The author is indebted for the helpful comments of three anonymous reviewers, and to Hermineke van Bockxmeer, Eelco Bruinsma, Dick Rijken and Leo Welters for their stimulating discussions on the subject. The research presented here was supported in part by the Dutch Culture Ministry.


In designing advanced technology for the future, developers go a long way to start from user needs and requirements, made explicit as much as possible. Scenarios, simulated systems and prototypes are pre-tested by intended users. However, they often meet the problem that users do not know what to do with a potential system, however detailed and interactive its presentation and however ‘intuitive’ the user interface may be. For instance, a test of an experimental system for searching video images by content that seemed to combine and shortcut several current tasks after a careful work-flow analysis, seemed utterly useless to documentalists working in a television archive. But when a user interface was added to the system that closely mimicked the ones in use for traditional specialist tasks, such as indexing by viewing separate shots, they reacted with great enthusiasm, even if the potential of the system had been limited to current practice [6].

For a proposal see Christopher Freeman, who distinguishes 1) incremental innovation, what we have referred to as a change of current ways, from 2) radical innovation, mostly involving a technological shift and going beyond normal variations inherent in creative practices, and 3) new technological systems that spring from a complex of changes, including social, cultural and economic ones [3].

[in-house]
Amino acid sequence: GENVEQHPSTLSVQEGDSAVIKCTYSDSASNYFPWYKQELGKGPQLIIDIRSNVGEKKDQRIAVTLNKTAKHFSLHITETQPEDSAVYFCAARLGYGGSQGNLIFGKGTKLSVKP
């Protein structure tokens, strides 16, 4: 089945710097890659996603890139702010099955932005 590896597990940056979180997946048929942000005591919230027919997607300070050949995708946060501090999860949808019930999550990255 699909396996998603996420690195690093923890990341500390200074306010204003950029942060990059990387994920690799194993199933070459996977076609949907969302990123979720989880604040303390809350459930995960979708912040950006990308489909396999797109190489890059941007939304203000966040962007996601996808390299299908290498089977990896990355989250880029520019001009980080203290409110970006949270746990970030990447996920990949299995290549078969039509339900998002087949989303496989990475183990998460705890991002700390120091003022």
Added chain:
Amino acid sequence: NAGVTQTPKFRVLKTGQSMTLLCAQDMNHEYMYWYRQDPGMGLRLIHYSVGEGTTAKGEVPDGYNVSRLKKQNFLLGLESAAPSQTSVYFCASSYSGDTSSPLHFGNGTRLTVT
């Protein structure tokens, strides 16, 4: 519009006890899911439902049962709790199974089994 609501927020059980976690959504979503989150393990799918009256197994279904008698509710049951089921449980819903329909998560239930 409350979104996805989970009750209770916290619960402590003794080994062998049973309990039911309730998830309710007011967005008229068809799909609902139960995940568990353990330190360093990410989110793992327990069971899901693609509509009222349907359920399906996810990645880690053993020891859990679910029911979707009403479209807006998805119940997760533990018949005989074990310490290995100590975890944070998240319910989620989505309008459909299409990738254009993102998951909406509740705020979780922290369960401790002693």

A simulation of an auction with agents as bidders/buyers, can be found at


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About the Author

Ed Sioe-Hao Tan is a professor of Word and Image Studies at the Vrije Universiteit Amsterdam, The Netherlands. He is involved in designing information systems for access to the cultural heritage. Examples include a web site for literary education and a system for automated archiving of video materials. His research interests further include emotion in the experience of media and arts. For more information, see the Third Biennial International Symposium.